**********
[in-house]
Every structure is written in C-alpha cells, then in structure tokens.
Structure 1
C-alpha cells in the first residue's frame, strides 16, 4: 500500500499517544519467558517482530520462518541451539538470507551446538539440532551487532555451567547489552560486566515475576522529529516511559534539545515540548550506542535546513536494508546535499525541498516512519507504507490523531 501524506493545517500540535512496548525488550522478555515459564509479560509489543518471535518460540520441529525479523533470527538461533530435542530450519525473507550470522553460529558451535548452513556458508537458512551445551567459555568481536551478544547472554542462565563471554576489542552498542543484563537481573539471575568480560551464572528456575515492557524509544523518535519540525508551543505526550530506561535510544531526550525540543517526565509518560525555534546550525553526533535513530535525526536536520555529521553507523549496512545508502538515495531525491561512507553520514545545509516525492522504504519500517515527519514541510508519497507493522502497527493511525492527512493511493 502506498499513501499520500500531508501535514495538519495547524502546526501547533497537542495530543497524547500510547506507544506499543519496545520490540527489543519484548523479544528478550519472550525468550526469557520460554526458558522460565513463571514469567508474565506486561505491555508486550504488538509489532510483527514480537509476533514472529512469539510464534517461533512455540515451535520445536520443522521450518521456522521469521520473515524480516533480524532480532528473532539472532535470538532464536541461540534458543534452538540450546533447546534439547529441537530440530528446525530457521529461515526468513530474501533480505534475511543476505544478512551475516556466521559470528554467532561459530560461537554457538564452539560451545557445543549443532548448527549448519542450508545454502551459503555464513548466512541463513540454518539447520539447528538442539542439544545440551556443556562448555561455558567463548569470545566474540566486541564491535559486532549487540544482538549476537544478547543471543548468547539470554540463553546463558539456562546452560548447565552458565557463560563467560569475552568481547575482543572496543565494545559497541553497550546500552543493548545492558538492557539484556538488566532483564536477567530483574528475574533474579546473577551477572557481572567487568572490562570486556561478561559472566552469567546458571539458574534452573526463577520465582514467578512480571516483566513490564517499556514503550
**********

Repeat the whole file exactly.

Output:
[in-house]
Every structure is written in C-alpha cells, then in structure tokens.
Structure 1
C-alpha cells in the first residue's frame, strides 16, 4: 500500500499517544519467558517482530520462518541451539538470507551446538539440532551487532555451567547489552560486566515475576522529529516511559534539545515540548550506542535546513536494508546535499525541498516512519507504507490523531 501524506493545517500540535512496548525488550522478555515459564509479560509489543518471535518460540520441529525479523533470527538461533530435542530450519525473507550470522553460529558451535548452513556458508537458512551445551567459555568481536551478544547472554542462565563471554576489542552498542543484563537481573539471575568480560551464572528456575515492557524509544523518535519540525508551543505526550530506561535510544531526550525540543517526565509518560525555534546550525553526533535513530535525526536536520555529521553507523549496512545508502538515495531525491561512507553520514545545509516525492522504504519500517515527519514541510508519497507493522502497527493511525492527512493511493 502506498499513501499520500500531508501535514495538519495547524502546526501547533497537542495530543497524547500510547506507544506499543519496545520490540527489543519484548523479544528478550519472550525468550526469557520460554526458558522460565513463571514469567508474565506486561505491555508486550504488538509489532510483527514480537509476533514472529512469539510464534517461533512455540515451535520445536520443522521450518521456522521469521520473515524480516533480524532480532528473532539472532535470538532464536541461540534458543534452538540450546533447546534439547529441537530440530528446525530457521529461515526468513530474501533480505534475511543476505544478512551475516556466521559470528554467532561459530560461537554457538564452539560451545557445543549443532548448527549448519542450508545454502551459503555464513548466512541463513540454518539447520539447528538442539542439544545440551556443556562448555561455558567463548569470545566474540566486541564491535559486532549487540544482538549476537544478547543471543548468547539470554540463553546463558539456562546452560548447565552458565557463560563467560569475552568481547575482543572496543565494545559497541553497550546500552543493548545492558538492557539484556538488566532483564536477567530483574528475574533474579546473577551477572557481572567487568572490562570486556561478561559472566552469567546458571539458574534452573526463577520465582514467578512480571516483566513490564517499556514503550